Your rights in a Colorado divorce do not include the right to have an attorney appointed for you. Your rights in a divorce mean that unless you have somebody who’s providing you with legal representation, to help you navigate through this minefield.
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What are my rights in a divorce in Colorado? Your rights in a Colorado divorce do not include the right to have an attorney appointed for you. Your rights in a divorce mean that unless you have somebody who’s providing you with legal representation to help you navigate through this minefield, you’re not going to have the past expertise or knowledge of all of the laws that are going to apply to your case.
The rights you have in your divorce case in Colorado are spelled out in many, many statutes and laws that we have. You can also expect that if you’re in front of a judge, and your spouse has a lawyer, and you do not, that the court has to treat you the same way as the party who has a lawyer. That is, you have to be governed by the rules of evidence when you’re trying to admit certain documents into evidence, or you want the judge to consider certain facts. Are you trying to introduce hearsay evidence and testimony? You can expect the judge to say that you had the same rights as the party that does have a lawyer.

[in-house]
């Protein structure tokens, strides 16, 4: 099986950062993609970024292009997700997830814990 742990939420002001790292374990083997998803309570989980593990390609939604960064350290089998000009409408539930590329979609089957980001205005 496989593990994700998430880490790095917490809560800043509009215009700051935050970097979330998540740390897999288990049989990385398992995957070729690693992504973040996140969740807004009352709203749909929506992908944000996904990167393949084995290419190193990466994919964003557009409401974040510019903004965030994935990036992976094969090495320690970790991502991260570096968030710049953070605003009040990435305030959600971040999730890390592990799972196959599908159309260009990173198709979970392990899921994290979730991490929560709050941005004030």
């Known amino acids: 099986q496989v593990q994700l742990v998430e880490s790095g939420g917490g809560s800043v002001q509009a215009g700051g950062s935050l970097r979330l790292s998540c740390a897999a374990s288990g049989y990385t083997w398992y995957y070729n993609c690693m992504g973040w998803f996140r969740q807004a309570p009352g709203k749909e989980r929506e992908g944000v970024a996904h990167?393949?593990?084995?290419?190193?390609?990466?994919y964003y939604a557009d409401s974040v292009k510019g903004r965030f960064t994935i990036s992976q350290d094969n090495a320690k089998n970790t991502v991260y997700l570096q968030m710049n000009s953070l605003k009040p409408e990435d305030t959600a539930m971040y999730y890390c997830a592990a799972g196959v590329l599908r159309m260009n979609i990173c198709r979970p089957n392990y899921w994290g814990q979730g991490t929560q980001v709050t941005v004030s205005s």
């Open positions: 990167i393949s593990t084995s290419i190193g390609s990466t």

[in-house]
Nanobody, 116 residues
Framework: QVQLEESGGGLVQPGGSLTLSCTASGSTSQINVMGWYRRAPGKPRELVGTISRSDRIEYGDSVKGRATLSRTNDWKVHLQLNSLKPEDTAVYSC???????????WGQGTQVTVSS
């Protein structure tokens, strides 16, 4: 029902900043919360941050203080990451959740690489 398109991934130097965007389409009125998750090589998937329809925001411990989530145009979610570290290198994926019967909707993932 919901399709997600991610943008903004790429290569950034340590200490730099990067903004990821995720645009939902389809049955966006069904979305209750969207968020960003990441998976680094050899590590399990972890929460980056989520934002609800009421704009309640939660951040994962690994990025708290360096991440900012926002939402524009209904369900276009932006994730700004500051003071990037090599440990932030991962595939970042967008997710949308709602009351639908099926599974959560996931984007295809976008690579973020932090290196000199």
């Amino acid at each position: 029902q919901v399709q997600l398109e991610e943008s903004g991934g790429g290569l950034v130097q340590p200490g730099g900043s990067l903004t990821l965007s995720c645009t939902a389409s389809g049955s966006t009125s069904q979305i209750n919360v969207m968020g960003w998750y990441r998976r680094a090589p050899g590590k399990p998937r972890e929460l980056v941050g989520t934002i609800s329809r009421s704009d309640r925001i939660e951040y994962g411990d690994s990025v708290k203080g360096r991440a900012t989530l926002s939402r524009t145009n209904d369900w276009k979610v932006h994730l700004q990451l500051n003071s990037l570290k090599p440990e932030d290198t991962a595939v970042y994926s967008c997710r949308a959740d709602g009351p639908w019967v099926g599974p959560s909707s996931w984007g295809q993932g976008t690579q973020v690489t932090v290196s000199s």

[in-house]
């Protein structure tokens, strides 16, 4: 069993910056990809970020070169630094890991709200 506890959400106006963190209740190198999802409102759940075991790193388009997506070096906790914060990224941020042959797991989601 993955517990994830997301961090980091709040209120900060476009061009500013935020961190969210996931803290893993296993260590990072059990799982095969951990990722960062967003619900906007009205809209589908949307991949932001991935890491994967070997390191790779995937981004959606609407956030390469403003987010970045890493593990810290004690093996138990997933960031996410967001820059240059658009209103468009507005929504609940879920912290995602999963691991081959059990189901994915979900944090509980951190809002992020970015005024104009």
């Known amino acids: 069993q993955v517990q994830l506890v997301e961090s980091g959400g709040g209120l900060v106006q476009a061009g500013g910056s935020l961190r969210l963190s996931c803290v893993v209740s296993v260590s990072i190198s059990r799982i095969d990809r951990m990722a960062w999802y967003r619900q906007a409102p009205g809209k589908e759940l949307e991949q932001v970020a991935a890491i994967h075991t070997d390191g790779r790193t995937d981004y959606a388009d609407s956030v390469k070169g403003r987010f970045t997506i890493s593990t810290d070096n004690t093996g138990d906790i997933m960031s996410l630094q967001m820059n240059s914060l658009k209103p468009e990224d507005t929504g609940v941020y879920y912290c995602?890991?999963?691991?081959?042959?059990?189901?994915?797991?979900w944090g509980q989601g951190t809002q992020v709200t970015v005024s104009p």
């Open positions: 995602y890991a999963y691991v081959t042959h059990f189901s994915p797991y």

The courts in Colorado are going to treat you with dignity and respect, almost uniformly. That’s what I have seen. When you are talking about the division of property, those are called assets in Colorado, and the division of debts, there’s a law that applies to how a court is going to divide property. And that law says that property is going to be divided in a fair, just, and equitable manner. But to read the law, and to understand the case law that applies, takes a great deal of training and experience, so that the proper legal arguments can be made. And it’s very difficult to do that in a vacuum, when you do not have experience.
Years ago, I represented a party in a divorce, who was going to college full time and working a job, and this man came to see me and said, “I don’t have time to read all the divorce laws and understand all of my rights. Even though I want to represent myself, I don’t think I can do an adequate job.” Most of the time, it takes that revelation for you to accept the fact that you need help, and that these are very serious matters. These are consequences that are involved. Oftentimes, children, and property, and spousal support, child support, and everything is getting thrown at you all at once, together with a legal process that is going to dictate when you have to do things and how they’re to be done, and having that revelation that you need help could be the biggest decision that you make, and oftentimes the wisest decision you make.